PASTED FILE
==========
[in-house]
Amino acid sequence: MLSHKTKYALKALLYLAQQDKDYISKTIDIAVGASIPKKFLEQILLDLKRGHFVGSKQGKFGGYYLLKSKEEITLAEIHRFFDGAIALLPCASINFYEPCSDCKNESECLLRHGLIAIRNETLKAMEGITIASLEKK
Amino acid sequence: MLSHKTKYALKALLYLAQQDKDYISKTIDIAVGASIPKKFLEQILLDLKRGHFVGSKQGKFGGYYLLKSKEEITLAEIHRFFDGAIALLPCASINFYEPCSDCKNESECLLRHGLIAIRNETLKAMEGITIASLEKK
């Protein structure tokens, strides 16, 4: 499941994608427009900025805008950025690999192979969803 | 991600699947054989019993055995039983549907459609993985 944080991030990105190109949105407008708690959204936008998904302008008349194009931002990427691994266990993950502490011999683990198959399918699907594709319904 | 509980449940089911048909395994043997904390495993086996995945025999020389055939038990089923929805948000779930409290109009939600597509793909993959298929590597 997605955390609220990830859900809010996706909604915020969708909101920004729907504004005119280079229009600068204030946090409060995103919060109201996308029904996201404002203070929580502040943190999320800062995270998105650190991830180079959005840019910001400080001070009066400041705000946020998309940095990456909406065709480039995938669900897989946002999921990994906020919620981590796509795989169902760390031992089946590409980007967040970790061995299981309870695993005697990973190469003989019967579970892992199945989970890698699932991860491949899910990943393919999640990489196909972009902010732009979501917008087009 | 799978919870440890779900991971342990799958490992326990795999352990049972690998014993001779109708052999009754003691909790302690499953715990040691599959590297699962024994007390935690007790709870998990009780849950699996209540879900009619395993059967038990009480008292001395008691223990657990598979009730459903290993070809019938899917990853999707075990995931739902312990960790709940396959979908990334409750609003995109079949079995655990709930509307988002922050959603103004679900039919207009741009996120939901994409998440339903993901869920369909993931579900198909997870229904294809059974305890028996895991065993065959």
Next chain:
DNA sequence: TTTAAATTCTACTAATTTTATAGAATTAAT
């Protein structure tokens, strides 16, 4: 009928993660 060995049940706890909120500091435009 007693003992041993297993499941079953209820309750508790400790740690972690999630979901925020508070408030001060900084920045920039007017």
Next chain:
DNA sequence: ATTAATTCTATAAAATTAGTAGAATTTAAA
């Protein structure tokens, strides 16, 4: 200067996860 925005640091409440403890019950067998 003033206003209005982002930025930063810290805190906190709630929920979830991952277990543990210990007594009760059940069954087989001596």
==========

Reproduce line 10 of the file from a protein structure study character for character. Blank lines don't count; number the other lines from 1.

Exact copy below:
């Protein structure tokens, strides 16, 4: 200067996860 925005640091409440403890019950067998 003033206003209005982002930025930063810290805190906190709630929920979830991952277990543990210990007594009760059940069954087989001596």